The bnd file can also be written with one or two weights for each eigenvalue, corresponding to the weight of different basis functions in the eigenfunction. In order to use this, we need to find the position in the Hamiltonian of the basis functions we are interested in – this is printed by lmf when the output verbosity is higher than normal:

lmf --quit=ham --pr60 sto | tee log_hampos


 Orbital positions in hamiltonian, resolved by l:
 Site  Spec  Total    By l ...
   1   Sr    1:28   1:1(s)   2:4(p)   5:9(d)   10:16(f) 17:17(s) 18:20(p) 21:25(d) 26:28(p)
   2   Ti   29:49   29:29(s) 30:32(p) 33:37(d) 38:38(s) 39:41(p) 42:46(d) 47:49(p)
   3   O    50:62   50:50(s) 51:53(p) 54:58(d) 59:59(s) 60:62(p)
   4   O    63:75   63:63(s) 64:66(p) 67:71(d) 72:72(s) 73:75(p)
   5   O    76:88   76:76(s) 77:79(p) 80:84(d) 85:85(s) 86:88(p)
 suham :  89 augmentation channels, 89 local potential channels  Maximum lmxa=4

Selecting the titanium d basis functions (the list syntax can be quite complex see here):

mpirun -np 24 lmf --band~col=33:37,42:46 sto| tee log_lmf-bands-col

A second set can be included as ~col2, if desired. Then plotting proceeds:

echo -8 10 8 6 | plbnds -fplot -ef=0 -scl=13.6 -lt=1,col=0,0,0,colw=1,0,0 -lbl=X,G,M,R,G bnds.sto

which is the same as before except that the default colour and the weighted colour have been defined (black and red, in rgb).

fplot -f plot.plbnds

Optical properties using lmf

lmf allows the calculation of dielectric function and joint densities of states. These are controlled by the OPTICS ctrl category, “lmf –input” reports:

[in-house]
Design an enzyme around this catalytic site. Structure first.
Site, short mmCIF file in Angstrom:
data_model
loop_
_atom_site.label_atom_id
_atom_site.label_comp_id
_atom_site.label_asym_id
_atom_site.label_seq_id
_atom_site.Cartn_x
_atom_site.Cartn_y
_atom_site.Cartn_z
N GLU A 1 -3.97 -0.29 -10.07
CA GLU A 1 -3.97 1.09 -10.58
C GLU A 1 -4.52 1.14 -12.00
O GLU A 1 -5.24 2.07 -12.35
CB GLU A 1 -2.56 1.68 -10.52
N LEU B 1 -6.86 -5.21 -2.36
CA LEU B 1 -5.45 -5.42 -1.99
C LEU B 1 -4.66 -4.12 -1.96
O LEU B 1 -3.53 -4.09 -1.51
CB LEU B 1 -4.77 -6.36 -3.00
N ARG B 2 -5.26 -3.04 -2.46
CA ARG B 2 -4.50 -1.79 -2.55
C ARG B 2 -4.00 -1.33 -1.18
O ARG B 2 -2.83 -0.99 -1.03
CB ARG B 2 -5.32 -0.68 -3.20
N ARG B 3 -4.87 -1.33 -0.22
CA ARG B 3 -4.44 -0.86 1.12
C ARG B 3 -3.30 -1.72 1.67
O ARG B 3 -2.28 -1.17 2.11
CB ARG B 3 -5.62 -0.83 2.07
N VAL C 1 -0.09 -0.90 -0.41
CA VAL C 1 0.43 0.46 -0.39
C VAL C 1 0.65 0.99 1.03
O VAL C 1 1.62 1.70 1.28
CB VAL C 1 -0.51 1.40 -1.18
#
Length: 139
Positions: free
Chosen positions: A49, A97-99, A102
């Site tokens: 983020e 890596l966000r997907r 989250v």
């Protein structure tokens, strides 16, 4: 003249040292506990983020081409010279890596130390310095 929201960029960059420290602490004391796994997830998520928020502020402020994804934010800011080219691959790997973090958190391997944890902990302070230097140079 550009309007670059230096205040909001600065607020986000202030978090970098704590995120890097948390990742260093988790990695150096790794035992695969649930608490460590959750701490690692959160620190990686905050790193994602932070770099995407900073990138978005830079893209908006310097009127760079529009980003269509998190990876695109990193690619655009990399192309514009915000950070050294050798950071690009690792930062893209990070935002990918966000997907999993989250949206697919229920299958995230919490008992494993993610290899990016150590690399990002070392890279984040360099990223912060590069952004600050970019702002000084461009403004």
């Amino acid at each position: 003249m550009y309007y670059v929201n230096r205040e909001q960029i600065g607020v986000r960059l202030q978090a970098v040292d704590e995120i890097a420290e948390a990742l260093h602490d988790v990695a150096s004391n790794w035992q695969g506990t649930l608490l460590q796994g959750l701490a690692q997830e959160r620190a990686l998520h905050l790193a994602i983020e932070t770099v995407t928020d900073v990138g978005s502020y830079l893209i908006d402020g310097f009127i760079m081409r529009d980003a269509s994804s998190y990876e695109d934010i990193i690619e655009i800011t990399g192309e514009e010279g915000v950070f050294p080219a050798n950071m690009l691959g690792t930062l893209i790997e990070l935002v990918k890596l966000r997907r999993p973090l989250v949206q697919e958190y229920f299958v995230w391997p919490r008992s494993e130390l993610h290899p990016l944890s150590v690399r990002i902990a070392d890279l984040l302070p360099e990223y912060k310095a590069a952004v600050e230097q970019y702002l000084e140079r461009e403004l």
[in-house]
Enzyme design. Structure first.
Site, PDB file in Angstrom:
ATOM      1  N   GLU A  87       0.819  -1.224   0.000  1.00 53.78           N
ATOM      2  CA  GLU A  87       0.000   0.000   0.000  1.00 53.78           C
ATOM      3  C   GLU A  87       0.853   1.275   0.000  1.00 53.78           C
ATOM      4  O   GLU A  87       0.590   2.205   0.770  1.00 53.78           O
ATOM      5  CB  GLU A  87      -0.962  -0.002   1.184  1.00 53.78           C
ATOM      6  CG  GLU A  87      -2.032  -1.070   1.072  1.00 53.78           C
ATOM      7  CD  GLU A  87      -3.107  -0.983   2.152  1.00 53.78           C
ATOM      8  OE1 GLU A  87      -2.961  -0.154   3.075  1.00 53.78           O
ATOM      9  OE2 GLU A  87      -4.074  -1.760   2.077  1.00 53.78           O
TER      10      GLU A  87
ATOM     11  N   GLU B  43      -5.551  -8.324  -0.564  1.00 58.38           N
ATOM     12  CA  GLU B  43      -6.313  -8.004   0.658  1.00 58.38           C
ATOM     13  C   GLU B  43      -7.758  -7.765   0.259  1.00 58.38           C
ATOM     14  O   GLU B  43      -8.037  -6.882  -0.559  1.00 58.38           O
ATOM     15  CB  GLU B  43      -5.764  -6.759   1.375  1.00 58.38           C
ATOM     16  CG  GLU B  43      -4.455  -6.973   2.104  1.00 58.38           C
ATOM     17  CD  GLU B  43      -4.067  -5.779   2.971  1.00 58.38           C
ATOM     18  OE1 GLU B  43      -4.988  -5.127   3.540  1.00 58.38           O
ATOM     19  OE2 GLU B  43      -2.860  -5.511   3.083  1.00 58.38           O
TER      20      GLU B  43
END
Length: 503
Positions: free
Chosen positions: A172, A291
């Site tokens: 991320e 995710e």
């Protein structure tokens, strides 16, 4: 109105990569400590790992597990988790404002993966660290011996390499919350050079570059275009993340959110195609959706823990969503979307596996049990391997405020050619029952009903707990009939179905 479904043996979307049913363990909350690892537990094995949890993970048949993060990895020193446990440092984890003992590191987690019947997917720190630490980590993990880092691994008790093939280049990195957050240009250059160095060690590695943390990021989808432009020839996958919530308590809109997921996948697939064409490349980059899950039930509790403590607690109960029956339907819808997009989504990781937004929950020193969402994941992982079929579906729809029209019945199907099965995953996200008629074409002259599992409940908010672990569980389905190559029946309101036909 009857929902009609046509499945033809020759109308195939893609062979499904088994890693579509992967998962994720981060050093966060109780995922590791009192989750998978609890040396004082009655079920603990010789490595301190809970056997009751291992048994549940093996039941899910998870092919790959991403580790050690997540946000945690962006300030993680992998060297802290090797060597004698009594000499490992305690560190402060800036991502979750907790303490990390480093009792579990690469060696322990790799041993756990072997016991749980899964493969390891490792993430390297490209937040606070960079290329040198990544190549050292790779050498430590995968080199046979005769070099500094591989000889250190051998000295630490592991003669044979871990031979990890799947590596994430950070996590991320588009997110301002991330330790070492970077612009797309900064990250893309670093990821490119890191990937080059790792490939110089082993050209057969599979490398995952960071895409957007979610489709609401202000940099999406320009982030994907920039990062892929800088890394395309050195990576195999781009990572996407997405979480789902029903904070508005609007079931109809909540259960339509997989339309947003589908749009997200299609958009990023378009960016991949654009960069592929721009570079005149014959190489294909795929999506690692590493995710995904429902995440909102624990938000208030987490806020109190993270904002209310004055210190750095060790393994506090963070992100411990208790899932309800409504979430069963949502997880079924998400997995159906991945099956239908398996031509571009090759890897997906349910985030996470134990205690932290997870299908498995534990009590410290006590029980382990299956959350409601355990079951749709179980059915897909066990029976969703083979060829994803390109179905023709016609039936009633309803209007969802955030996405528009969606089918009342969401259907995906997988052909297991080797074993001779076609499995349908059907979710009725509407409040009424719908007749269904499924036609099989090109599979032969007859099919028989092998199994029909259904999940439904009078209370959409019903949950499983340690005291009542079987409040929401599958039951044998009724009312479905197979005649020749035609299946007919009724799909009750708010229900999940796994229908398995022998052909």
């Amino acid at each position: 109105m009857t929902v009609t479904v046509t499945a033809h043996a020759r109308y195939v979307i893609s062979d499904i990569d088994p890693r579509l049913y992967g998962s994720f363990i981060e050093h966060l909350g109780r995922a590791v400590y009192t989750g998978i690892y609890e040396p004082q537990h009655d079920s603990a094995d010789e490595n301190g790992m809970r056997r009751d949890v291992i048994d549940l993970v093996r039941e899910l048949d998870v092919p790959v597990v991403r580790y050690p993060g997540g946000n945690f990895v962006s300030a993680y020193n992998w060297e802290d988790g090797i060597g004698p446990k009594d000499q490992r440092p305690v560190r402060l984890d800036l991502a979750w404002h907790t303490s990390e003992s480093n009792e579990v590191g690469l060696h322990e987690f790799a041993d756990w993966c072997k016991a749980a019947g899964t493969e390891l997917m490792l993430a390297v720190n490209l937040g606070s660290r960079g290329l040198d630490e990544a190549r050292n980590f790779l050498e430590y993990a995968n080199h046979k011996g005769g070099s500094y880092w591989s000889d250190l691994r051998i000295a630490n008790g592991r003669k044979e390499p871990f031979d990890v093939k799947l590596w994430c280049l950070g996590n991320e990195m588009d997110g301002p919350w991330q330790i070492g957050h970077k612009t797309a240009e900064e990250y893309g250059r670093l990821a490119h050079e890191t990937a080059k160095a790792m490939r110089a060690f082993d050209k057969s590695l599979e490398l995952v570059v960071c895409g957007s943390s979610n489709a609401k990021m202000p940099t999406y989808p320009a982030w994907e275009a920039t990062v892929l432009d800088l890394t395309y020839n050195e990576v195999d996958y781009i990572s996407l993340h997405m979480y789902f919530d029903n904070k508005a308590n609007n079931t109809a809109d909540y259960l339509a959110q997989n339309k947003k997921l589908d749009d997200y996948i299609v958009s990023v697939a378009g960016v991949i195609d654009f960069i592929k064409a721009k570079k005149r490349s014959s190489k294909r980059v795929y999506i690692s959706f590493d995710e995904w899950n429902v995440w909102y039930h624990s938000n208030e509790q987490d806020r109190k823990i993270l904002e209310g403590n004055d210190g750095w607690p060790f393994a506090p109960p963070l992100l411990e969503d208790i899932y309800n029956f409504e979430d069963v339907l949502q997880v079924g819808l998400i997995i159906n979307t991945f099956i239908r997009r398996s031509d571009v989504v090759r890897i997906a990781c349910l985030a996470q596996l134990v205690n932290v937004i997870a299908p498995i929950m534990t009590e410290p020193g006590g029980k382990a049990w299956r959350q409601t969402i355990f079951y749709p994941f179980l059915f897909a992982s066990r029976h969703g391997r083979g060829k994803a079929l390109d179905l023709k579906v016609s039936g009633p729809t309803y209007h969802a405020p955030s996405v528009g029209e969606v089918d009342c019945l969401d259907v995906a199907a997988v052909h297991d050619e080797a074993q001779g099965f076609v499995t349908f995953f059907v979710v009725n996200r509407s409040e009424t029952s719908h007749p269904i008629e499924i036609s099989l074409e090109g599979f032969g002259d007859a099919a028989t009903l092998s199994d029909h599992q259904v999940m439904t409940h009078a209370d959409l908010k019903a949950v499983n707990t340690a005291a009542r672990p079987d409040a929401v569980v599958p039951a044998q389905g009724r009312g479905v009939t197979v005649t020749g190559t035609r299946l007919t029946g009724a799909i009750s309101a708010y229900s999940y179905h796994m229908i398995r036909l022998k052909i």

OPTICS_MODE            opt    i4       1,  1     default = 0
   0: do nothing;
   1: generate linear eps_2
   2: generate linear eps_2, spin 2
      Add 20 for Second Harmonic Generation
   8: eps_2 for nonequilibrium absorption.  KT, IMREF are required inputs.
   9: eps_2 for photoluminescence.  KT, IMREF are required inputs.
  -1: generate joint DOS
  -2: generate joint DOS, spin 2 (LTET=3)
  -3: generate up-down joint DOS (LTET=3)
  -4: generate down-up joint DOS (LTET=3)
  -5: generate spin-up single DOS (LTET=3)
  -6: generate spin-dn single DOS (LTET=3)
  -8: Joint DOS for nonequilibrium absorption.  KT, IMREF are required inputs.
  -9: Joint DOS for photoluminescence.  KT, IMREF are required inputs.

For example, Im evaluated between 0 and 1 Ryd, in 1001 bins:


lmf again will now print the following after the k-integration step:

 OPTINQ:  Im eps(w) using occ bands (1,88) and unocc (1,88)
          1001 points in energy window (0,1)  Efermi=-0.076969
 tetfbz  0.000000000000000E+000  0.000000000000000E+000  0.000000000000000E+000
          Reduce bands to range (9,31)
 TETWTQ:  total number of (occ,unocc) pairs = 66560, 130 or fewer per qp
 OPTINT:  writing opt file ...

The range of bands included in the calculation can be reduced using the options OPTICS_FILBND and OPTICS_EMPBND. There are ways to decompose the output by or by band, see this tutorial for instructions.

The opt.sto file contains the energy and Im for polarisations along x,y,z (which are identical in this case). Copy the file to the local machine and plot using gnuplot, xmgrace or python.

Resolving the dielectric function precisely generally requires quite many k-points. Because of the LDA underestimate of the gap, this plot looks rather different to the experimental one.